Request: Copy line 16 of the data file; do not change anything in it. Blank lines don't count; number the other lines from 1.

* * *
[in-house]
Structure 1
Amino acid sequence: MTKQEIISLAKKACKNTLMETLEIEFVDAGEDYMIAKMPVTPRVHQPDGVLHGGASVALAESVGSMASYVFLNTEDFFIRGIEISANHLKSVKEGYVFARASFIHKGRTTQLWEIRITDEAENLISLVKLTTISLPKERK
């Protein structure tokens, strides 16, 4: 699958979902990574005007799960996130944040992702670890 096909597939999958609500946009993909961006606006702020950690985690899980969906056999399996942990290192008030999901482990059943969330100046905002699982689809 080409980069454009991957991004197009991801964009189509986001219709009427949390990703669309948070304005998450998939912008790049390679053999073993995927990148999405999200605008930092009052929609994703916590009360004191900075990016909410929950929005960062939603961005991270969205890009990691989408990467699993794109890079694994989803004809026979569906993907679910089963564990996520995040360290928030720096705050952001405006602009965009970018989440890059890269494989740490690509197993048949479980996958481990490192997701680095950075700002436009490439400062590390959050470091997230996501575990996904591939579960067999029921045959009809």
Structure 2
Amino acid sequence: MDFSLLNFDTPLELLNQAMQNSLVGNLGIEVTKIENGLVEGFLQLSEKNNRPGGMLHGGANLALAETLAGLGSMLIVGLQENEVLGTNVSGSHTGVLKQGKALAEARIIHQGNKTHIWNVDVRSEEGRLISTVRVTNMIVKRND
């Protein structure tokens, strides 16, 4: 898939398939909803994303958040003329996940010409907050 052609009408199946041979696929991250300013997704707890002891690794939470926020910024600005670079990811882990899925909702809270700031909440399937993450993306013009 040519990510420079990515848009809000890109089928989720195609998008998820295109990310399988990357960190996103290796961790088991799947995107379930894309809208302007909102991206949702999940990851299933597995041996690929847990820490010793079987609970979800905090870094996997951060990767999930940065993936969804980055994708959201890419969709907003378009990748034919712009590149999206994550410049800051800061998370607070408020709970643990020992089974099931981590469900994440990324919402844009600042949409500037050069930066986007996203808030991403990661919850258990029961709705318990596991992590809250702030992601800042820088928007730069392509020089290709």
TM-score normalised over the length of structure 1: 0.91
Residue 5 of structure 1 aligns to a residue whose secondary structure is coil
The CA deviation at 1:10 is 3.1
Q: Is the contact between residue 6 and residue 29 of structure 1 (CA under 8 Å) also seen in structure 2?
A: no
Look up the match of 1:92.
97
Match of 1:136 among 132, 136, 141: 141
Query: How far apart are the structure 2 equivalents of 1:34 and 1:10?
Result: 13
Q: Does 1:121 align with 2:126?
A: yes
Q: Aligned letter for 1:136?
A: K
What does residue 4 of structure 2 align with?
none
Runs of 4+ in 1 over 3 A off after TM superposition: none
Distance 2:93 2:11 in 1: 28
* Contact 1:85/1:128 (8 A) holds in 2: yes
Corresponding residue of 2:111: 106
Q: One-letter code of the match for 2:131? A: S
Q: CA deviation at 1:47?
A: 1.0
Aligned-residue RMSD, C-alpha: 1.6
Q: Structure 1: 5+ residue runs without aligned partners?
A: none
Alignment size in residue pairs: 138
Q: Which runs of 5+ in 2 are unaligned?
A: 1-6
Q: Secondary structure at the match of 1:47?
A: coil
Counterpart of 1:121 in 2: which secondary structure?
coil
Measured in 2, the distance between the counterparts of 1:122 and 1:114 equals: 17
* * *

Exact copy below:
Query: How far apart are the structure 2 equivalents of 1:34 and 1:10?